When the American Center for Mobility (ACM) moved into the Willow Run airport area in Ypsilanti Township in late 2017, roads in the area were reconfigured to accommodate expected traffic increases. But the changes have also prompted numerous resident concerns, which the West Willow Neighborhood Traffic Safety committee has been working to address in recent months.
Before road reconfigurations went into effect, there were a number of public meetings so the Washtenaw County Road Commission (WCRC) and the Michigan Department of Transportation (MDOT) could get the word out about what those changes would look like.
WCRC communications manager Emily Kizer says an increase in "cut-through" traffic was a concern, though traffic studies since then haven't shown a dramatic increase in cars cutting through side streets in the West Willow area. However, area residents had additional concerns, so WCRC suggested that the New West Willow Neighborhood Association (NWWNA) coordinate with Ypsilanti Township to form an ad hoc committee to study traffic and road safety issues in the neighborhood.
The committee has been meeting roughly once a month since summer of 2018 and regularly reports back to the road commission and township officials.
Of special concern is the area where the neighborhood meets Michigan Avenue and I-94 near Dorset Avenue. A teenage pedestrian was hit by a car while trying to cross Michigan Avenue in 2016, and the area has been the site of a number of serious car crashes in the last 18 months, including a three-car crash in September that left a victim hospitalized in critical condition.
"That is an area that has to be addressed," says township trustee Monica Ross-Williams. "There's too much traffic, too many individuals. There's a lot going on at that corner."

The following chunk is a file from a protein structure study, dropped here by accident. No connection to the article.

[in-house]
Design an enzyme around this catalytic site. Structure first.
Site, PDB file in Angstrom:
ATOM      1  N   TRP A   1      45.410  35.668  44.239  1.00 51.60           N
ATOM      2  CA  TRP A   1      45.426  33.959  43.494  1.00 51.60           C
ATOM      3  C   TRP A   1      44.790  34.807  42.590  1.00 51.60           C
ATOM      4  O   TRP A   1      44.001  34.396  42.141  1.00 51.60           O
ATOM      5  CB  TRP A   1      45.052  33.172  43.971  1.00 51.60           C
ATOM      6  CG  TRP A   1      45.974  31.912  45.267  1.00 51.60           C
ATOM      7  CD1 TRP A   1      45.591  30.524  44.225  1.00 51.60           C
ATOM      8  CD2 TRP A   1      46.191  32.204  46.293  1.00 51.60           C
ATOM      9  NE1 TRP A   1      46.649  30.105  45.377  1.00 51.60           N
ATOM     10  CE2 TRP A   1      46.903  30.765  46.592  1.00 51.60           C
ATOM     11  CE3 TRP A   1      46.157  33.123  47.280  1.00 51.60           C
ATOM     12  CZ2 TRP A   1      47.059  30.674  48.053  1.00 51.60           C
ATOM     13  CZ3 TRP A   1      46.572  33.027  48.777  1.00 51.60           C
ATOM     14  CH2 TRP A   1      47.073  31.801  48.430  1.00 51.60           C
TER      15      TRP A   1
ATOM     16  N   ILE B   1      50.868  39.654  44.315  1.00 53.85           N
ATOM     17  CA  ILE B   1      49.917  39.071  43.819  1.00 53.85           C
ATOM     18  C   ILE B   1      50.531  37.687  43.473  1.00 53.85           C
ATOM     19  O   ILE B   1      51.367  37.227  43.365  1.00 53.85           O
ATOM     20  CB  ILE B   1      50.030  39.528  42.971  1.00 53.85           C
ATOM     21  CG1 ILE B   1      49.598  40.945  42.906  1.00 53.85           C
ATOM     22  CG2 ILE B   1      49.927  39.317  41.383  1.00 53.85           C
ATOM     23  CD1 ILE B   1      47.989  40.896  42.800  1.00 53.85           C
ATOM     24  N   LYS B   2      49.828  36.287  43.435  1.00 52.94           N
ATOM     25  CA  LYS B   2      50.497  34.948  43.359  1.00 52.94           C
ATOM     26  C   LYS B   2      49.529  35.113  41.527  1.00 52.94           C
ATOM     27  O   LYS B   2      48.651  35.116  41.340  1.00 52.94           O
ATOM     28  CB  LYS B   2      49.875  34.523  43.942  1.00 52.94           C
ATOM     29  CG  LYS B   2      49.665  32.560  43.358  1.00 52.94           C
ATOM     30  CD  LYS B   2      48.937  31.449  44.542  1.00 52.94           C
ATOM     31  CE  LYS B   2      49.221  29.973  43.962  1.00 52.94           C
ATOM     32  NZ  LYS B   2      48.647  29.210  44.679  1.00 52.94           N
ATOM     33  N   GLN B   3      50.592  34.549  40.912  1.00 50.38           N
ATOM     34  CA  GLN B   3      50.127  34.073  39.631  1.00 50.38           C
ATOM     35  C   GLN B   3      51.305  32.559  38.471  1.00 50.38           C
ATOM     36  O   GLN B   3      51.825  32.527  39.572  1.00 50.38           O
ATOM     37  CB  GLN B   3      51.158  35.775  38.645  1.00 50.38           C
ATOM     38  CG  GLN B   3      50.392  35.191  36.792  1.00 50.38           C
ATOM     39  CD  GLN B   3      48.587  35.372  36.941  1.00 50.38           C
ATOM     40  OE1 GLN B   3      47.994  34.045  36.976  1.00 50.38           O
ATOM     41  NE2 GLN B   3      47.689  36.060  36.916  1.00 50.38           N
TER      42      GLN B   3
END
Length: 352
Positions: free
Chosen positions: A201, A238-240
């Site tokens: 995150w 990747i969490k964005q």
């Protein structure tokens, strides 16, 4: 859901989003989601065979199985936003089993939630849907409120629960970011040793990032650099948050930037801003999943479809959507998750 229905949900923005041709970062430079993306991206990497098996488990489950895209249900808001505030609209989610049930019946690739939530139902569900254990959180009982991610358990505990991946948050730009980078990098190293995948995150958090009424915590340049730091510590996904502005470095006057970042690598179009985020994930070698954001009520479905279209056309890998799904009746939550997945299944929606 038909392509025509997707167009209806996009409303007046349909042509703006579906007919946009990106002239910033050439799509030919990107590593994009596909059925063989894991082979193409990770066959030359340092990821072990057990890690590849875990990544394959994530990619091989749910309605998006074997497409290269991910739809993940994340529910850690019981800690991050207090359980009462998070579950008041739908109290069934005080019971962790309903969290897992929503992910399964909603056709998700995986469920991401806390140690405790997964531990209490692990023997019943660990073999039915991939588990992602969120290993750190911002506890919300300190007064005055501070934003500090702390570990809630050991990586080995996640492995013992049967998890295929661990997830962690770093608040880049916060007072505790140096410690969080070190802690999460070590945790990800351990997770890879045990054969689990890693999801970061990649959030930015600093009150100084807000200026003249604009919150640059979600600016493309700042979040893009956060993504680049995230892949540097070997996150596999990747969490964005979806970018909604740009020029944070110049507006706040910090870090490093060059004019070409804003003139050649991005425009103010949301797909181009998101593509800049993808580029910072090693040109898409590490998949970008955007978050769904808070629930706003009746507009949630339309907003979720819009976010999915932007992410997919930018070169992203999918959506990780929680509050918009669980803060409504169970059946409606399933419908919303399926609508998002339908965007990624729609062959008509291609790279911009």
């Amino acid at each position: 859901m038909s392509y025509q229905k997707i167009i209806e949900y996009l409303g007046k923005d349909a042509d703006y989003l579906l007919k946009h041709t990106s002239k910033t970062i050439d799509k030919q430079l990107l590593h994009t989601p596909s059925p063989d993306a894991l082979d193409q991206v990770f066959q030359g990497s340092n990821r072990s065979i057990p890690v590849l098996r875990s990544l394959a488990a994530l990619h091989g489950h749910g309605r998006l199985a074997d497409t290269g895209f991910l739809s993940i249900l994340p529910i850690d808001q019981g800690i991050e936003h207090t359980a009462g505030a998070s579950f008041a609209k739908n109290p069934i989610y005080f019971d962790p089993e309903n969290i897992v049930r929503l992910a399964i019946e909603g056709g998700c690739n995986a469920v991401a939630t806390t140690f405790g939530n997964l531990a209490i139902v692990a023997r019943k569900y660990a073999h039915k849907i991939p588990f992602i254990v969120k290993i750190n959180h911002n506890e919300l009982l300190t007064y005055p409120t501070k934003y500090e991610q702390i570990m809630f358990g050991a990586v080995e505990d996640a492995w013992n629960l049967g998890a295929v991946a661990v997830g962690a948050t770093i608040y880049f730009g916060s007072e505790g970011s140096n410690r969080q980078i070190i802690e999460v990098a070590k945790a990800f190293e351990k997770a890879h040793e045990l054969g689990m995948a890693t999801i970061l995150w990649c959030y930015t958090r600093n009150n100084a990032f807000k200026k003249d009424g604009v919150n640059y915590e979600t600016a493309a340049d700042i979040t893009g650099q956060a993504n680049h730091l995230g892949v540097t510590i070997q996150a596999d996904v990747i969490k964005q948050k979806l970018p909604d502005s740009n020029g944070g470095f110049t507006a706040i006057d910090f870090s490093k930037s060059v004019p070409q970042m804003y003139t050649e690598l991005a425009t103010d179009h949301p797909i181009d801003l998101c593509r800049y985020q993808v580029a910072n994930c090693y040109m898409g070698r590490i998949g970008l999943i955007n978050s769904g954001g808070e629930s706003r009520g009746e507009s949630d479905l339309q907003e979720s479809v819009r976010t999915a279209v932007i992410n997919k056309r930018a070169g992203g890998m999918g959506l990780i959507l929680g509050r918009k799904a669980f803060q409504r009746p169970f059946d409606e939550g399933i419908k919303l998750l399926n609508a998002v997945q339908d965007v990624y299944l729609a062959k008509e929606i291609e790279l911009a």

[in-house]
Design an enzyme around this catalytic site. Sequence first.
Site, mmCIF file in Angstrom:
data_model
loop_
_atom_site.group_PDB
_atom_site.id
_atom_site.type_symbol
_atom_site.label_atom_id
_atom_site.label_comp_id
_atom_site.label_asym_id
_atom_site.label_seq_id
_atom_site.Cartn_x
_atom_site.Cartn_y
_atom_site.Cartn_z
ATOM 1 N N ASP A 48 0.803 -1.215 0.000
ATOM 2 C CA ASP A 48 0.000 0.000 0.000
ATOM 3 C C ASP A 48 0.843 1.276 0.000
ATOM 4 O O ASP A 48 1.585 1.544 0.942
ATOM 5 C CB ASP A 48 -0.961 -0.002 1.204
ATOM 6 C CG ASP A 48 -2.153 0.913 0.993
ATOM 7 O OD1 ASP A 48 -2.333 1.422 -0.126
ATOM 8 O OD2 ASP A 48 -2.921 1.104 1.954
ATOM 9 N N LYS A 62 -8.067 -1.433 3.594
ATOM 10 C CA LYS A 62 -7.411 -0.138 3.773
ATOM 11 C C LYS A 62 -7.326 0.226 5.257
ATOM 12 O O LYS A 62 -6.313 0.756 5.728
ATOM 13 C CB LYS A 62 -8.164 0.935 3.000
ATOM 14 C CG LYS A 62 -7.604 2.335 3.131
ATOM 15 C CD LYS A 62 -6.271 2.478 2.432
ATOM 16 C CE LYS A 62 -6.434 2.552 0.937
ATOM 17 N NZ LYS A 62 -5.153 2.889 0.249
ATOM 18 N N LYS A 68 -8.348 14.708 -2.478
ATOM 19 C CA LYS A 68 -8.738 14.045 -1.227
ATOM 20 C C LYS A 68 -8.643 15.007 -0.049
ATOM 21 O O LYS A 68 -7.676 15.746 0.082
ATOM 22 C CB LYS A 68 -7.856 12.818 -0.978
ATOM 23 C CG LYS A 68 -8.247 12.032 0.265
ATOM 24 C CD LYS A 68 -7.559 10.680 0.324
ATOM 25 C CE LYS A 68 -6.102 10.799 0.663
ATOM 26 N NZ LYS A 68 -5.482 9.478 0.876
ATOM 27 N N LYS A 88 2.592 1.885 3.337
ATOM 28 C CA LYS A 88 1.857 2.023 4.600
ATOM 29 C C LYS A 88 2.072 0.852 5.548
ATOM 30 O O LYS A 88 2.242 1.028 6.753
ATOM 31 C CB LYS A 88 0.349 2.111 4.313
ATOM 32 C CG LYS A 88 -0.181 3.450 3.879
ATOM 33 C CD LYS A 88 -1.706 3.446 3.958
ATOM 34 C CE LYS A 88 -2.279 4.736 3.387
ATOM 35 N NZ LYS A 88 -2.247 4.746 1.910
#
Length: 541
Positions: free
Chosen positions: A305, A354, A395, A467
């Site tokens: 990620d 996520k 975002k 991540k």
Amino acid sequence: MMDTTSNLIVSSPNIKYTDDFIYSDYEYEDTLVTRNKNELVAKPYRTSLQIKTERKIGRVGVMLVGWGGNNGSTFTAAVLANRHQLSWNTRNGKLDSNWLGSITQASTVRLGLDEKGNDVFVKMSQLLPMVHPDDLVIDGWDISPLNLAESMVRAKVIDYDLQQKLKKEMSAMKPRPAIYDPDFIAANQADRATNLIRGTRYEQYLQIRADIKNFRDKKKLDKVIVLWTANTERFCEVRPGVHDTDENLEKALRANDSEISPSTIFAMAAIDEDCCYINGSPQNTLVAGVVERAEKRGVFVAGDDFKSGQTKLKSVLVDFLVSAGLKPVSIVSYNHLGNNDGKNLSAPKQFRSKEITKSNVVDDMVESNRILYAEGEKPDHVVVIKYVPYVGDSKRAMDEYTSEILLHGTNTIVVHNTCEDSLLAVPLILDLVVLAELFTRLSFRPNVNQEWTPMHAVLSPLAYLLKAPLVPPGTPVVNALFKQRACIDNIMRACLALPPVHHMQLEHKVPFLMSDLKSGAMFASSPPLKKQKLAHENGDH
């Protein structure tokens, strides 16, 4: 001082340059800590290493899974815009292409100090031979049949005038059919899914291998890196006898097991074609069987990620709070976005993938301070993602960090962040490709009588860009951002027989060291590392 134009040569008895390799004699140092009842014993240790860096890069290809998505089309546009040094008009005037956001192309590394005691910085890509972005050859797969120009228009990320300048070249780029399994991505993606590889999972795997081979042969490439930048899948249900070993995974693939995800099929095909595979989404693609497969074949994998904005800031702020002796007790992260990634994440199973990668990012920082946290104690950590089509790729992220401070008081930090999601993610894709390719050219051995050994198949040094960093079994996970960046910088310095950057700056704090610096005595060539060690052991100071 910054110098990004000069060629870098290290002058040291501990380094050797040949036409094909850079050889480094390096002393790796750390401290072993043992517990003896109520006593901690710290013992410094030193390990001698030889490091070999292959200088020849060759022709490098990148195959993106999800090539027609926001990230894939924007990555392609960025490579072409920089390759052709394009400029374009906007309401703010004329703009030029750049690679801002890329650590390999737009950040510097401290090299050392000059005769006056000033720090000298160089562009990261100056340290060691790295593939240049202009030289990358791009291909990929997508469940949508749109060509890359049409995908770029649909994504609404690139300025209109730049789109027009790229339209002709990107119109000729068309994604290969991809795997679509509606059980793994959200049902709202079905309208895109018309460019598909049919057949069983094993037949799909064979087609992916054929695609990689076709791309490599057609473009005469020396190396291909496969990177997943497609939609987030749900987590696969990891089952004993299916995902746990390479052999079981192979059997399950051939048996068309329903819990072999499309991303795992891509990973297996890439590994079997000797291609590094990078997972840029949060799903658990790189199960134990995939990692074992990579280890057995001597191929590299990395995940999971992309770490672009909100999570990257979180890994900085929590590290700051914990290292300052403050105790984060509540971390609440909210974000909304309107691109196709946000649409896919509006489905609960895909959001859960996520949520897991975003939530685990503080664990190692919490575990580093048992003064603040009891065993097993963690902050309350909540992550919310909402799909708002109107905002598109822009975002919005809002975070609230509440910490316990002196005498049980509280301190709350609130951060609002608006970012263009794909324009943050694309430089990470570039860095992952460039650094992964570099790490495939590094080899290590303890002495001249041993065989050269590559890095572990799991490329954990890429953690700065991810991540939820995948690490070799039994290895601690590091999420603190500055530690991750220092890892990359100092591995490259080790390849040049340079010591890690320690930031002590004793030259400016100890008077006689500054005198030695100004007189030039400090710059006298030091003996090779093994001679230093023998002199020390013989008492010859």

Currently, there is a pedestrian walkway and an island to help neighborhood residents cross over Michigan Avenue into other parts of the township along the Ford Road corridor. However, committee members reported that flexible cones are often knocked over and lying down, suggesting that cars are riding over parts of the island multiple times a week.
The committee has suggested a few different ways to reroute pedestrians, including creating a traffic circle. However, any changes of that nature would have to be made through MDOT, as Michigan Avenue and the entrance ramp to I-94 are under MDOT jurisdiction.
Committee members are also working on measures to encourage drivers to use the service drives around the neighborhood rather than cutting through low-speed-limit residential streets. Two committee members are collecting signatures to install speed humps on Nash Avenue north of Tyler Road, and the committee has also suggested lowering the speed limit on Tyler from 35 to 30 miles per hour to encourage drivers to go around the neighborhood rather than drive through it.
Supplemental lighting at the corner of Onandaga Avenue and the service drive in the neighborhood has also been suggested. Traffic safety committee member Norma Gentile says that while there is a light at the signal on Michigan Avenue in that area, drivers turning off Michigan Avenue into the neighborhood at Onandaga are "crossing fast and blind" since the intersection is dark. She says she's nearly hit a bicycle in that area. Township officials in attendance at the traffic committee's last meeting on March 14 said they would bring the matter up with township engineers.
Ypsilanti Township residents concerned with traffic safety in the West Willow neighborhood are welcome to attend future committee meetings. NWWNA president JoAnn McCollum says she will post a notice of future meetings on Nextdoor and the NWWNA Facebook page. For more information, contact McCollum at (734) 845-7362 or email@example.com.
Sarah Rigg is a freelance writer and editor in Ypsilanti Township and the project manager of On the Ground Ypsilanti. She has served as innovation and jobs/development news writer for Concentrate since early 2017 and is an occasional contributor to Driven. You may reach her at firstname.lastname@example.org.
Photos by Sarah Rigg.